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Petrographic Reservoir Characterization

Petrographic analysis helps resolve many exploration and reservoir characterization questions that log, seismic and even whole core studies cannot answer. It is particularly beneficial in determining the primary depositional texture, origin and evolution of porosity, reservoir quality, rock typing, the timing of secondary porosity evolution and its implication for fluid migration, the evaluation of diagenetic alteration such as dolomitization, and assessment of anomalous flow behavior. Enhanced petrographic techniques such as diffuse plane-polarized light or blue-light fluorescence are in dispensable for interpreting intensely altered carbonate successions. These petrographic methods can show original depositional fabrics, cyclicity and reservoir quality fabrics that are not resolvable with ordinary petrographic approaches.

Our petrographic system consists of a new Olympus BX-51TRF polarizing microscope and high-resolution DP12-2 Digital camera. Digital displays allow for exceptional computer analysis and statistical presentations of pore system, grain framework, mineralogy, diagenesis and sedimentology.

Quantified Petrographic Data: A New Frontier in Reservoir Characterization
Conventional Reservoir Characterization Has Been Qualitative ... Until Now

Adaptation of SEM-TEM software for use on petrographic systems equipped with high-resolution CCD cameras, allows exceptionally accurate and repeatable quantification of features in thin-section. Successive measurements vary by less than 0.2%. This enables us to quantitatively describe and analyze in one integrated process the pore system, grain framework, mineralogy, diagenesis and sedimentology for the first time. The derived data can be compared with conventional, routine and special core analysis (i.e. pore area cumulative frequency with a capillary injection curve). Acquisition of large sets of measurements (500-700) is possible in a relatively short period of time. Thus, this type of reservoir description becomes desirable for routine exploration and development decision-making in both conventional and unconventional gas and oil reservoirs. Read more details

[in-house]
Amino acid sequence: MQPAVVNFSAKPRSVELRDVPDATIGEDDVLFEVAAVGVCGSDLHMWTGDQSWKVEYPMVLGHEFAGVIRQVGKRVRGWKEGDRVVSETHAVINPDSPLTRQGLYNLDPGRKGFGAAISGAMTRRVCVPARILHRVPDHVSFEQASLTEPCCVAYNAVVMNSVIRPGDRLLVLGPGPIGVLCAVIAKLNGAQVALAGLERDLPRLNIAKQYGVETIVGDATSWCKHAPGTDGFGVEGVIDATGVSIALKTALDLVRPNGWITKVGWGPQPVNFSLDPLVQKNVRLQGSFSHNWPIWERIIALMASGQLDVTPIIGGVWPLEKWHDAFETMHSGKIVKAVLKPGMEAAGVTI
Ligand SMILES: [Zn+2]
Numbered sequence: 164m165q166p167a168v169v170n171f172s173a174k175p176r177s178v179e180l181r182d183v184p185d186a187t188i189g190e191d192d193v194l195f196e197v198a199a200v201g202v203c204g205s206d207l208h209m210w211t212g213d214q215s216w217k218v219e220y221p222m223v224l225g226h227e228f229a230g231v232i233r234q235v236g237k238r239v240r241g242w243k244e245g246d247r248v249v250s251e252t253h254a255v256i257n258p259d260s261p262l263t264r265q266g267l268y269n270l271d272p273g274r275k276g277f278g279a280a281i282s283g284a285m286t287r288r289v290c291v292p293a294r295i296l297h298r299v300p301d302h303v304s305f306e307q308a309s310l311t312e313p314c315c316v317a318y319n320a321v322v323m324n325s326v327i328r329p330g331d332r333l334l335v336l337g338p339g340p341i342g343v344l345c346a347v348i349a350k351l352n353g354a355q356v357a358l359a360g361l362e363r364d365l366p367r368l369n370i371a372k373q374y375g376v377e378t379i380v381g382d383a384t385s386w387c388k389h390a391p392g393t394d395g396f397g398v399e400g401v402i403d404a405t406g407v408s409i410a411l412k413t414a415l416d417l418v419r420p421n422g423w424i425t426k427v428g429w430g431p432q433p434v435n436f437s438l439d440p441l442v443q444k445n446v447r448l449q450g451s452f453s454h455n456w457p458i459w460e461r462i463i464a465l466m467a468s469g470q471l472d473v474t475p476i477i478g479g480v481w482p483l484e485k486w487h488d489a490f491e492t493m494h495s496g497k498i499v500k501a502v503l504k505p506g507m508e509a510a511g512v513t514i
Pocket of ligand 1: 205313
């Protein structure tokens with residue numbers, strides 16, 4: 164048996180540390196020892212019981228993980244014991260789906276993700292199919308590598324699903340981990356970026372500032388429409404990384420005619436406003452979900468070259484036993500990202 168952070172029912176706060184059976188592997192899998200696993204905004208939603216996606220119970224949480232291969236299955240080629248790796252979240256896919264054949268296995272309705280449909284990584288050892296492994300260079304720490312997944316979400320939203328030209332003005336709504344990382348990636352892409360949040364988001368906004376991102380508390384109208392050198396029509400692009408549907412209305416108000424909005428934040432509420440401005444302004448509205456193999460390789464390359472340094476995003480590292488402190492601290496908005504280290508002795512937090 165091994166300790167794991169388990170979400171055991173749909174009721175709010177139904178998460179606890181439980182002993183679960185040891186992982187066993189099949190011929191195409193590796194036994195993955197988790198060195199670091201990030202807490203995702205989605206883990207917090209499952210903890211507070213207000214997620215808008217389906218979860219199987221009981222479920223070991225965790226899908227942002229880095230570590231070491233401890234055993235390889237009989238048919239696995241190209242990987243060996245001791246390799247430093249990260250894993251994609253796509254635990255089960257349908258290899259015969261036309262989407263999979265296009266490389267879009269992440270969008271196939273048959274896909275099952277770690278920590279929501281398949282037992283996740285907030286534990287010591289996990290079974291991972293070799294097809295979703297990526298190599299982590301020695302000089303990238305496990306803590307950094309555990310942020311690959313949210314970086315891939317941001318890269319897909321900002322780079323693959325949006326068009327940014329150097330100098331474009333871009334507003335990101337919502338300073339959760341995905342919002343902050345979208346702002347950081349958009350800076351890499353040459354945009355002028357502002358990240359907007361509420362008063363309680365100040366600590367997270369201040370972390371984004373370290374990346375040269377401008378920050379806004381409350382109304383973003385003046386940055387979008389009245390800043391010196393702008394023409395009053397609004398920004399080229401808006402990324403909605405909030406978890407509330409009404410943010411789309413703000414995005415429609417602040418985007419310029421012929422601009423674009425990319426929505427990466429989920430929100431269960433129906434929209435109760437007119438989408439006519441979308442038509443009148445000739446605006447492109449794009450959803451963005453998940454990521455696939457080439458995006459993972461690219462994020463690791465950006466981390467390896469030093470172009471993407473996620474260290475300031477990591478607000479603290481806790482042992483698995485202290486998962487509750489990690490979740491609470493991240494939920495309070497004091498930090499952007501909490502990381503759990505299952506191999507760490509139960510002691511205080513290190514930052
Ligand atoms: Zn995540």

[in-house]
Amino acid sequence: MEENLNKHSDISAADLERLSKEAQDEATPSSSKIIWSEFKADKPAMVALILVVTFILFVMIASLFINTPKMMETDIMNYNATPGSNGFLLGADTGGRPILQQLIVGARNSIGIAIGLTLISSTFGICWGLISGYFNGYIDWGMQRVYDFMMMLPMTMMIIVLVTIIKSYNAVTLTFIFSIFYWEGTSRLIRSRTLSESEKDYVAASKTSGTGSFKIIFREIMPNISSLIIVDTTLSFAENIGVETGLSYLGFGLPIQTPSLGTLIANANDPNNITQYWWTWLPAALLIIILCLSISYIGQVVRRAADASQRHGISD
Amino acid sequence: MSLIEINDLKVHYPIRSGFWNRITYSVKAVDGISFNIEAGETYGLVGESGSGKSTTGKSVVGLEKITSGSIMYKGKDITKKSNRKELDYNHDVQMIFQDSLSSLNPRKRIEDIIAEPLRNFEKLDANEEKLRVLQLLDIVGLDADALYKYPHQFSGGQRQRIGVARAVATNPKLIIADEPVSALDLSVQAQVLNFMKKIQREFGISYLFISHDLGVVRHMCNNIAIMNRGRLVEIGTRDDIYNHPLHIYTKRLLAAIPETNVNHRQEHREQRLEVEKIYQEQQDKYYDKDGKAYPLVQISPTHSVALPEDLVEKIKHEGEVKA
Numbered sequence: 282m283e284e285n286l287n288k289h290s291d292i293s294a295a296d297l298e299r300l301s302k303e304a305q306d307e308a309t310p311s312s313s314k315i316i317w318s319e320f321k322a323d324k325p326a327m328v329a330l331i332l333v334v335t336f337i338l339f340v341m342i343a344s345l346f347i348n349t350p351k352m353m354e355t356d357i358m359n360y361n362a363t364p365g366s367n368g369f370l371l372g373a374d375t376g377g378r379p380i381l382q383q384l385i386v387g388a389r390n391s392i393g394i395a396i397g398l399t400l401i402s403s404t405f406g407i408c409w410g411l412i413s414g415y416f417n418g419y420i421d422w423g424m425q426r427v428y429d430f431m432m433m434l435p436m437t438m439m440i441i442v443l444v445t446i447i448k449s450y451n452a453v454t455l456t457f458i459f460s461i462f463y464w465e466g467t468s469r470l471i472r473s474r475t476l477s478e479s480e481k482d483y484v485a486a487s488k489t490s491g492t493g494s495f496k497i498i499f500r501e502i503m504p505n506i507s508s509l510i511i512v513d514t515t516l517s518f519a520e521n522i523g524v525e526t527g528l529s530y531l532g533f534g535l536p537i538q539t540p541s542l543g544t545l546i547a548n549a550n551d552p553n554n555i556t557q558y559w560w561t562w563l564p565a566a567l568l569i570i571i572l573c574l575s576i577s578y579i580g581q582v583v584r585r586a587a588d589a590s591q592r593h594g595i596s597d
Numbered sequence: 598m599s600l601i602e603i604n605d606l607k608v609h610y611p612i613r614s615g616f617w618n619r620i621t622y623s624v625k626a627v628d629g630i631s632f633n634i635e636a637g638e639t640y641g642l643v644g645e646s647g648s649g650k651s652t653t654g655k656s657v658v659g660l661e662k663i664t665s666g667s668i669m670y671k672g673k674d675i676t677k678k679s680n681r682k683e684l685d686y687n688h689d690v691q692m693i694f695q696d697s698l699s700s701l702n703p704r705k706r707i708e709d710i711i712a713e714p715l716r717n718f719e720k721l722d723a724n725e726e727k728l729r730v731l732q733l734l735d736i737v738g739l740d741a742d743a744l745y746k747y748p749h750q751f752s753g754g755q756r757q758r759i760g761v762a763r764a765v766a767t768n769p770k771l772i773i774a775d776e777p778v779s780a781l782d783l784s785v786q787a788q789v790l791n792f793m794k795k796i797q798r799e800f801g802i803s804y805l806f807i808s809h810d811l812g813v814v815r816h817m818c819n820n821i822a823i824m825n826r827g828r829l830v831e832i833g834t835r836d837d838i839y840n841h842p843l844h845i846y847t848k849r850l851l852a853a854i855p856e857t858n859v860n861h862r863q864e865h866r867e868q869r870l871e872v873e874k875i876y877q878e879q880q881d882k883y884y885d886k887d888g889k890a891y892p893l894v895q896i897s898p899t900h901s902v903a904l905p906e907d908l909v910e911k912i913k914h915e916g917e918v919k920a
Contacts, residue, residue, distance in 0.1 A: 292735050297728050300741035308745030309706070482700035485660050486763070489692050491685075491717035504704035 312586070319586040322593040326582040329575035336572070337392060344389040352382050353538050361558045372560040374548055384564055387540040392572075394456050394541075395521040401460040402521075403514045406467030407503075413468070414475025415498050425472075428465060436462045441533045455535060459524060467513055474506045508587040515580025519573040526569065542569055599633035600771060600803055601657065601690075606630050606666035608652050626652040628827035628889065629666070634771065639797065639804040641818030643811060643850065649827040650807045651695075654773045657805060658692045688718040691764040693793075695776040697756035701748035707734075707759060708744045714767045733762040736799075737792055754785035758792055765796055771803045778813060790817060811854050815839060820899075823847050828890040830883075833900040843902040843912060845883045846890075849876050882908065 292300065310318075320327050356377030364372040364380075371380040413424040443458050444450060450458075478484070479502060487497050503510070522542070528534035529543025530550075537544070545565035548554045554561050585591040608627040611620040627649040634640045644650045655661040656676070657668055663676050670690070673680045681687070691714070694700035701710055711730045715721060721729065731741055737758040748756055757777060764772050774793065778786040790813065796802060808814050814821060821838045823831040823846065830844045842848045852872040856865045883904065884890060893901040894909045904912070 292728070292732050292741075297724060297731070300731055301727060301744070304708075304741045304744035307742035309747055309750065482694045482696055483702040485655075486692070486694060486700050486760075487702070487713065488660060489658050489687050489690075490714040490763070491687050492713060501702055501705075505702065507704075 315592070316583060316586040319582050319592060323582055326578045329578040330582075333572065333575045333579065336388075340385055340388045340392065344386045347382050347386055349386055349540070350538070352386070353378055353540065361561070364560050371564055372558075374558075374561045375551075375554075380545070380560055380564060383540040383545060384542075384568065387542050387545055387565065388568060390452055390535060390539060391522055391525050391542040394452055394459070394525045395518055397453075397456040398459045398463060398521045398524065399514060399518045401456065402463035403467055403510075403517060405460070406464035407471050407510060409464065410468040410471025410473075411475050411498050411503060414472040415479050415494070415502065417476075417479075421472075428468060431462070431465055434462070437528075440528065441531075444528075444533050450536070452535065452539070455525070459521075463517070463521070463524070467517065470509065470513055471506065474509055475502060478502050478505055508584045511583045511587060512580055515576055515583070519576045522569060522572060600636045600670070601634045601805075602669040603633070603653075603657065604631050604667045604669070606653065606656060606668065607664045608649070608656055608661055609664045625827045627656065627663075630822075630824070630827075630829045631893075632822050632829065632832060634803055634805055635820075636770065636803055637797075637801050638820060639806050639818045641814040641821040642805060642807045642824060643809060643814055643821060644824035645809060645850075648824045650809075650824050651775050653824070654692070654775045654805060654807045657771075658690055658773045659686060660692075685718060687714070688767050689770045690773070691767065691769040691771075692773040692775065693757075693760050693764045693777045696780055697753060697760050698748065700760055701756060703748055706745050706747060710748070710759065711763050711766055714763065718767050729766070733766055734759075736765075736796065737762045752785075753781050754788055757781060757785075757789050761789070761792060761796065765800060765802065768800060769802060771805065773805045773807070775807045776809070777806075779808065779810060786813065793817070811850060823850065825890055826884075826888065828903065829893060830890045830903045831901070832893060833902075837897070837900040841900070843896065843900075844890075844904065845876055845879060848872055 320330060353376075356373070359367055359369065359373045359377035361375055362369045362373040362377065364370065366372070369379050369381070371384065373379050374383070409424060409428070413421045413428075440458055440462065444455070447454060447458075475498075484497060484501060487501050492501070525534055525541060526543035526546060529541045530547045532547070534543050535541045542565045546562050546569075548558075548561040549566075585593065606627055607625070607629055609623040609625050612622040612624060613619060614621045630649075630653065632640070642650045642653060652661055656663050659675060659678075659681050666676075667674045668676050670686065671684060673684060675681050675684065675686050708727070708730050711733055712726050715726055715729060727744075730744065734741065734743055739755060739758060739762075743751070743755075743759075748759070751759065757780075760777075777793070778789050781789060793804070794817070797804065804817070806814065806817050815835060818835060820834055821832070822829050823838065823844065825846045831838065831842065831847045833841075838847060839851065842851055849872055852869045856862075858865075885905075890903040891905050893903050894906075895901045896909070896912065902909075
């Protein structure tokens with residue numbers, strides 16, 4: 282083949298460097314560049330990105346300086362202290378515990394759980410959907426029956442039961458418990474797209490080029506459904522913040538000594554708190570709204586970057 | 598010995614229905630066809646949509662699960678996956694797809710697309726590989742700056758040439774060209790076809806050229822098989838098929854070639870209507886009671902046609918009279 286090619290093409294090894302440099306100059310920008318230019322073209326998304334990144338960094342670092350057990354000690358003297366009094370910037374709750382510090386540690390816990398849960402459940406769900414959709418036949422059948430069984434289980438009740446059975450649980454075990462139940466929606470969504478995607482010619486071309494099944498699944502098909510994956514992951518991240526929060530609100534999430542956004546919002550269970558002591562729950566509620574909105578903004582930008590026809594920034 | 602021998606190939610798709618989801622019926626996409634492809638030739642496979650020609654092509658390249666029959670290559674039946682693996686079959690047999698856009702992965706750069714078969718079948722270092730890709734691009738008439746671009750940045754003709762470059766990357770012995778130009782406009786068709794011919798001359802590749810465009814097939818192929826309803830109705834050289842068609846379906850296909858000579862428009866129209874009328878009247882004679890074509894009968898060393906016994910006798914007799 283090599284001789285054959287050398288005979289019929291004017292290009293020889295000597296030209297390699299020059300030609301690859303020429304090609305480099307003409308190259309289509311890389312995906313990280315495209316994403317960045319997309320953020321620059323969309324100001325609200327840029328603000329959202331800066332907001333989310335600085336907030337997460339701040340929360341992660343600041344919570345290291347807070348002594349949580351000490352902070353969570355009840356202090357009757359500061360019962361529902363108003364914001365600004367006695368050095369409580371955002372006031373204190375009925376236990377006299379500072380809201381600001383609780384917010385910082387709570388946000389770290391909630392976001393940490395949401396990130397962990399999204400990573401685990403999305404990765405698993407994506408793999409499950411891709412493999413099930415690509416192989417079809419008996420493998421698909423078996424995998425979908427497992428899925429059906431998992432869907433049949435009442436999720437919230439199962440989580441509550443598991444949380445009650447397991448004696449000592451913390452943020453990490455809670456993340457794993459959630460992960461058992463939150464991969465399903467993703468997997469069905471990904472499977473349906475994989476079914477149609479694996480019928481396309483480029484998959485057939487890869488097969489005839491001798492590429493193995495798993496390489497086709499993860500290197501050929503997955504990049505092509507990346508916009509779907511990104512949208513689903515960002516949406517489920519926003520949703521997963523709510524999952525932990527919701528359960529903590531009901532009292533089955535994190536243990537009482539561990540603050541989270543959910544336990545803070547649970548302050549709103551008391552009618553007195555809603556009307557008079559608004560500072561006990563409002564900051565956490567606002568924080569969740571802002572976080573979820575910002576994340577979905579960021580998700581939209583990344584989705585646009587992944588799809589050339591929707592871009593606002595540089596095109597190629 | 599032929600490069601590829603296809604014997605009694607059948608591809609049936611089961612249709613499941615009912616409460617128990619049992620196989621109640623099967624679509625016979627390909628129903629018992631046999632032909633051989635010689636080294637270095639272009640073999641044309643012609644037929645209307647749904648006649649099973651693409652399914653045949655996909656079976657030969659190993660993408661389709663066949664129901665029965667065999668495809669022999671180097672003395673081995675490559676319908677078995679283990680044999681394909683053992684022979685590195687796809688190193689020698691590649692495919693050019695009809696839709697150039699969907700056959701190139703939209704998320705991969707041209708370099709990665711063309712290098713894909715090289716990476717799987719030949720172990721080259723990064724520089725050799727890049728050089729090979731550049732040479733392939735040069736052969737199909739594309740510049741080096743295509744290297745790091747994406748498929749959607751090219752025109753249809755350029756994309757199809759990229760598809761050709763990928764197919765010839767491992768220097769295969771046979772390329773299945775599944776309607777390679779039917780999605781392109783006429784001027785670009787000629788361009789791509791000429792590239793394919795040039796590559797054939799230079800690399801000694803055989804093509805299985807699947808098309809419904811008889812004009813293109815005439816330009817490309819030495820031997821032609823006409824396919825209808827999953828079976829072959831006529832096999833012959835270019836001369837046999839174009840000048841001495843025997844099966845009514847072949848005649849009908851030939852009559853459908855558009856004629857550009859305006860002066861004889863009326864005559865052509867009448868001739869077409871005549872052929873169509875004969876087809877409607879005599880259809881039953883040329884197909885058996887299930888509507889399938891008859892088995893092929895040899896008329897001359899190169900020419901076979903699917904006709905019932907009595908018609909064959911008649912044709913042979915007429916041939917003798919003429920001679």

Separate Vug Analysis Super-Permeability Analysis

Carbonate reservoirs commonly exhibit extreme petrophysical heterogeneity thanks to the presence of vuggy pore space. Vugs create a complex pore system and change the petrophysical characteristics. Separate-vug pore space is particularly problematic because it increases total porosity but does not significantly increase permeability. Lucia defines seperate vugs as "....pore space that is (1) either within particles or is significantly larger than the particle size (generally >2x) and (2) is interconnected only through the interparticle porosity". The presence of seperate vug porosity introduces the wide variability observed in porosity-permeability crossplots. unless accounted for, it is difficult to develope meaningful transforms or define rock-fabric facies.

Interparticle porosity-permeability crossplot for carbonate rock fabric A (cl grainstone) with a framework of medium to coarse grain size. Separate vug porosity averages 7 percent for this rock fabric. Given the large amount of separate vug porosity, these samples show significant scatter with samples plotting up in Lucia class field 3, the upper part of 2 and some in the expected class 1. By accessing the amount of separate vug porosity and plotting only the residual interparticle pore space the scatter tightens significantly. Those samples that plot up in Lucia class 2 rather than class 1have interparticle pores filled with very fine pellet sand.

Quantitative analysis of seperate vugs

Super-permeability encompases all anomolous rates of production or injection from confined intervals equal to or in excess of 500 barrels of fluid per day per foot. As such it contributes to major reservoir problems such as premature watering-out of wells, water overriding oil and bypassing oil and warrants critical evaluation. Stratigraphic characteristics remain poorly understood for these high permeability intervals but have benefited from a petrographic characterization.

Results of this study were published:

Meyer, F. O., R. C. Price, and S. M. Al-Raimi, 2000, Stratigraphic and petrophysical characteristics of cored Arab-D super-k intervals, Hawiyah Area, Ghawar field, Saudi Arabia: GeoArabia, v. 5, p. 365-394.


(from Meyer, Price and Al-Raimi, 2000)


Assessment of rock fabrics in superpermeability zones from Ghawar Field.

(A) Slabbed core: mud-dominated limestones of low permeability (muddy fragmented lithofacies 'mf'') separate coarse fragmented Cladocoropsis lime grainstone ('FC') and a 'case-hardened' dolomite that correlates with the super-k interval.

(B) thin section photomicrograph: sand-size fragments of Cladocoropsis and other altered skeletal grains support a system of large interparticle pores typical of the Cladocoropsis lithofacies (plane-polarized light; plug 45; core depth 7531.2 feet).

(C) thin section photomicrograph: framework of medium dolomite crystals supports the intercrystalline and small-vug porosity in the dolostone interval (blue plastic shows porosity; plane-polarized light; plug 52; core depth 7534.6 feet).

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